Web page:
My eyes couldn't take it all in fast enough. My throat had a knot in it the size of a baseball I believe. I felt the tears stinging my eyes as I blinked them away, because I didn't want to miss a single thing. It's still fresh in my mind, the beauty and the feeling that I had finally come full circle. I was back where I belonged. Where my heart had craved to be since I was a child. But I never understood it, til my feet stood in the fresh green thick clover on the bank of Frozen Creek in Knott County Kentucky. My heart was content. If ever I felt a need, a craving, something left undone or unsaid. Those emotions were all satisfied in that moment. I was home. I knew that this is where I was supposed to be. God had indeed marked this date on the calendar for me to be standing exactly where my feet were planted. As I stood and looked at those mountains around me, I felt a security that I'd never experienced before. I explained this to my Daddy and he said, "Yes honey, I know how you felt. Like you were cradled in the Lord's bosom." And yes, that's exactly how I felt.

Having never been here before it's funny how I felt like I had left something here, and I had this day came back to reclaim it. That feeling came from the deep bond I have with my Daddy, and my family roots that are still deep in the heart of these mountains. I know that who I am, began many years ago, with blood, sweat and tears here in the beloved mountains of Kentucky.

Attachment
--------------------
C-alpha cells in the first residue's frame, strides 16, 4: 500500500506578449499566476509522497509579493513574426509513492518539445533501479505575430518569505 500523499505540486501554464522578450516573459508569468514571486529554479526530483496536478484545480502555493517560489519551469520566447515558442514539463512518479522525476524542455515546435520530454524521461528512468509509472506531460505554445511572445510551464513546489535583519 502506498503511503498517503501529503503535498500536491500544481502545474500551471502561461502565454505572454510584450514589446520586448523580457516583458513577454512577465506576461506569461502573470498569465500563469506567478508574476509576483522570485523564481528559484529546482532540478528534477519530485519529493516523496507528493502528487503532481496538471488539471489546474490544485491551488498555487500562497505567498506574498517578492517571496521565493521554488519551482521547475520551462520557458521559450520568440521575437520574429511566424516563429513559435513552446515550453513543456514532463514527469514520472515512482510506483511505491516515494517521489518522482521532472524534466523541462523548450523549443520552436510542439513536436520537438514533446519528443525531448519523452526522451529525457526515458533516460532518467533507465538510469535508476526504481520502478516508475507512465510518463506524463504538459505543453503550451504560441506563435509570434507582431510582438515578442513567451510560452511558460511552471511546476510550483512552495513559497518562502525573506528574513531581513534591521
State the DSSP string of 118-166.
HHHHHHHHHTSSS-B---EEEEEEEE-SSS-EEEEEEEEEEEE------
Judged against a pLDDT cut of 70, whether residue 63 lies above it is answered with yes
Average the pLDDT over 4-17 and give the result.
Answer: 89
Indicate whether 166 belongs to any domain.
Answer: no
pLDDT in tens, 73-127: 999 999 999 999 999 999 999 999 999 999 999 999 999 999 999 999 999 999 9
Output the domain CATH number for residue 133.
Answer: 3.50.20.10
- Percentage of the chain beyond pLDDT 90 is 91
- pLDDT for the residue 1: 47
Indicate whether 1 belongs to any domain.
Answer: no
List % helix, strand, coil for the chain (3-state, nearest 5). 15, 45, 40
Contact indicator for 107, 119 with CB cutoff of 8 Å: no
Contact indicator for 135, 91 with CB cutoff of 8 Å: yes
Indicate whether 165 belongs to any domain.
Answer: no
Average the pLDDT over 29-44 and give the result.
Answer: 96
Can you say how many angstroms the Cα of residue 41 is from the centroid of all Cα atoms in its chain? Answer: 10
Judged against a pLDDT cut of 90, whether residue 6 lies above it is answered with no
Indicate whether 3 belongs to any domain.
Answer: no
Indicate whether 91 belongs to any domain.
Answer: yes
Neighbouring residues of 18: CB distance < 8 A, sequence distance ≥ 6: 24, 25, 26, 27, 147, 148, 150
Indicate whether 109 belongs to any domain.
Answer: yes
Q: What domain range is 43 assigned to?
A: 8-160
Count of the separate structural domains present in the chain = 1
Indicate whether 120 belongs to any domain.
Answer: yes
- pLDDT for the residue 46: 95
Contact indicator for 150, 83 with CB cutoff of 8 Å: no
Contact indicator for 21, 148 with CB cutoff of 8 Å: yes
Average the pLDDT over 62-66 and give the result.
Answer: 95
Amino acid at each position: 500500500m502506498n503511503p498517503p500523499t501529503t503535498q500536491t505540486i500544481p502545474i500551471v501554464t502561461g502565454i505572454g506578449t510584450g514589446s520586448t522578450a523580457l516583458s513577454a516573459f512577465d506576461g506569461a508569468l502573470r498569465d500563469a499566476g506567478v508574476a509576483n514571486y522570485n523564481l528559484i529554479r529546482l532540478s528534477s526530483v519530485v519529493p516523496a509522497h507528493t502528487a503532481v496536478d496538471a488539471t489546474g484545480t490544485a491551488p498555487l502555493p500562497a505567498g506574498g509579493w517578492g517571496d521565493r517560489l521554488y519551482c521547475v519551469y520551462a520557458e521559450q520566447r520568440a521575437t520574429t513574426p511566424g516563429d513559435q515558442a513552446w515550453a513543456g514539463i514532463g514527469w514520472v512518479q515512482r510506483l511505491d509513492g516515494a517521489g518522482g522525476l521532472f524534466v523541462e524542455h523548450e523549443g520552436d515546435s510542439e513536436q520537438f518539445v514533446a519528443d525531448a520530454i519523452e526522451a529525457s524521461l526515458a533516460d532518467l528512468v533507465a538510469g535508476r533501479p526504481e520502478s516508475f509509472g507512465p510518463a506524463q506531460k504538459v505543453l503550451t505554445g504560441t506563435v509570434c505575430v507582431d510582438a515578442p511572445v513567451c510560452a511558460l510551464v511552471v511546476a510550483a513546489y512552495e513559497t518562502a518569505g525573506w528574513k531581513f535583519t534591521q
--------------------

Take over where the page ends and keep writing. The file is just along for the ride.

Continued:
I've heard many stories from my Grandma, Grandpa and my Dad and Mom of their lives here. Precious stories of hard times, but happy times.
Many years ago, my family took the great Ship Mary and Ann from England to the Jamestown River to escape religious persecution. From there, two children were born. One a brave warrior, a man of honor who helped to attain my freedom during the Revolutionary War. The other, a kind and patient woman. They met, fell in love, had their own children, and eventually made their home in beloved Kentucky.